Mental Health Spotlight: Back-to-School Anxiety in Children
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It’s the start of a new school year, and most kids are feeling mixed emotions this time of the year. Going back to school is exciting, but many can feel a bit anxious.
The cause of anxiety at the start of a new school year depends on age. Kids in middle school and high school tend to worry about grades, making sports teams, having a fun social life, SAT scores and more. The most common anxieties experienced by younger children are rooted in fear of the unknown – who is my teacher, where is my classroom, who will pick me up after school, will I know anyone, etc.
Parents tend to be nervous when their kids go back to school, too, so it’s important for them to understand their child’s temperament and how they deal with these emotions. “Some children have difficulty with transitions and need a lot of preparation and lead time to be ready,” says Dr. James Sparing, clinical faculty member in the Child Psychiatry department at UCLA.
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Anxiety over heading back to class can make kids feel physically sick. They may complain of stomachaches, headaches, nausea and dizziness, especially on Sunday evenings after having fun and relaxing all weekend. If you observe potential symptoms of stress as the start of school approaches, understanding what factors are most upsetting for your child can help both you and your child prepare more effectively for the upcoming changes.
Common Back-to-School Fears
Fear of the unknown. Kids face new classrooms, new teachers, new classmates, sometimes even a new school during this time of the year. This can be very scary for children, teens, and even college students! Starting middle school, high school, or going away to college brings up even more anxiety than simply heading back for your junior year.
Making friends and fitting in. Though schoolwork is important, children also need positive social experiences at school to truly succeed. Making friends can be difficult for some children, especially if they get nervous around strangers. Some children struggle to fit in, especially if they feel different from their classmates because of their size, physical maturity, or culture. As children mature into adolescence, friends and peer groups take on an even greater role. During the teenage years, a good social circle is crucial for developing the right decision-making skills, a sense of self-identity, increased confidence, better social skills, and perhaps most importantly, the ability to say ‘no’!
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Bullying. Bullies are a very serious issue these days, especially with kids participating in social media at younger and younger ages. Thankfully, bullying is being taken much more seriously these days. School officials act on bullying if it’s brought to their attention, and they often monitor social media as well to look out for online bullying. A child who’s being bullied becomes much more vulnerable to self-destructive behavior, drug and alcohol abuse, depression and even suicide.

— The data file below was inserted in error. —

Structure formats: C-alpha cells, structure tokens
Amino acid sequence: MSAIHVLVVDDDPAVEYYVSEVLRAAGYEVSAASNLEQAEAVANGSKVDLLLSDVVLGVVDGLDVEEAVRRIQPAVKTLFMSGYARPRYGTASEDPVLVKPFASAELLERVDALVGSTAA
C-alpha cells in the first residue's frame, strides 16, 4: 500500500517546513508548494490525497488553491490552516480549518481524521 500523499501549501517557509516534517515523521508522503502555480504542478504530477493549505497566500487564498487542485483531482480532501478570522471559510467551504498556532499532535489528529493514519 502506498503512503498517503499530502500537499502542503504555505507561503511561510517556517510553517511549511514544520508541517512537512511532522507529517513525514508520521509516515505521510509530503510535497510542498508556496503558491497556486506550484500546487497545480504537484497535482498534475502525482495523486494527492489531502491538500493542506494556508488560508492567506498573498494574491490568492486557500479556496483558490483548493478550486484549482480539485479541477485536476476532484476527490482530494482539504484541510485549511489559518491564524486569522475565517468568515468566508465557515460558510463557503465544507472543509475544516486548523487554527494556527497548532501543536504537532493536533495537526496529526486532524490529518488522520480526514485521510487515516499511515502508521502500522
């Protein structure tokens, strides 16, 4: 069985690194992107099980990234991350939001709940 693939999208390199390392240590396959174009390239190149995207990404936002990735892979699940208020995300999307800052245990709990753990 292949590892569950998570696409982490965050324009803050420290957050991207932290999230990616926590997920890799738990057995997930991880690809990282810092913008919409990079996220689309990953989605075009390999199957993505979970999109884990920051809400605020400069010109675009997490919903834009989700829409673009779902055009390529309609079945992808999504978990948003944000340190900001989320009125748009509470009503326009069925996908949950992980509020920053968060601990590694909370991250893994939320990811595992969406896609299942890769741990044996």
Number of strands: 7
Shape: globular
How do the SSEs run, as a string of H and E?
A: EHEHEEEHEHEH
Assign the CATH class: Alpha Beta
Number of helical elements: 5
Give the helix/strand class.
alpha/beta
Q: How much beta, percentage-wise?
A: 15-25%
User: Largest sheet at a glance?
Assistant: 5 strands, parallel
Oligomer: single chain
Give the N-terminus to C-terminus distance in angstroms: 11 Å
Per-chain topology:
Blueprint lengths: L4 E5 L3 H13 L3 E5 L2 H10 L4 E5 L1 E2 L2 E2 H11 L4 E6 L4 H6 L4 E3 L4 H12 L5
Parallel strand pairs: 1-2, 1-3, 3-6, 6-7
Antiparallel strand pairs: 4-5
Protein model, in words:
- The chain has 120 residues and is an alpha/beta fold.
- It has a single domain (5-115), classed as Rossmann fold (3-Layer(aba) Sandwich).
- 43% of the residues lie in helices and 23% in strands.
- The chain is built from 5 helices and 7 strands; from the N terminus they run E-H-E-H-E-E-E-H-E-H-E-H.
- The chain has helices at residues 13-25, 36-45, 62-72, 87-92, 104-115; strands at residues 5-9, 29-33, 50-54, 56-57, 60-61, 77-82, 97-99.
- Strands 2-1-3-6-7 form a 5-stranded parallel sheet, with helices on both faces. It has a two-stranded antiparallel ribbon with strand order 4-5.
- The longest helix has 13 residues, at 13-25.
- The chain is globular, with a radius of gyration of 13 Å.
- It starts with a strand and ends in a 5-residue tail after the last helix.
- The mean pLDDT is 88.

Pressure to succeed. Excessive pressure to excel in both school and extracurricular activities can cause major emotional stress for a child. The American Academy of Pediatrics encourages parents to “examine your expectations for your child: are they realistic?” Not every child can be a straight-A student or a star athlete, and setting the bar too high can discourage children. Instead, parents are encouraged to support an appreciation for reading and learning overall, and to promote progress by setting up short-term, achievable goals. Parents should also support their kids in extracurricular activities, whether they prefer sports, theater, volunteer work, music, or anything else. This can help children gain skills and self-confidence, both in the classroom and on the field. Some children simply require more support than others and so sometimes finding alternative sources of information and feedback can help children to succeed.
How to Help your Kids Succeed
The two most important things that parents can do to ensure their child is ready to perform at their best in school is to make sure they get a good night’s sleep and start the day with a healthy breakfast. Making sure your child eats a substantial breakfast is essential for good grades and focus in the classroom. “These kinds of healthy habits build a strong foundation around the child or adolescent,” says Murray
Pediatricians, psychologists, and nutritionists recognize the critical role of children’s vitamins and minerals in your child’s overall development.
Studies have shown that sleep deprivation can impair learning and memory. Staying up late to play video games or watch TV can hurt school performance. A February 2013 study in the Journal of Pediatrics reported that children who watched more TV in the evening went to bed later and didn’t get the amount of sleep they need to do well in school.
Is your child experiencing back-to-school anxiety? How do you help them deal with their fears? Let us know in the comments!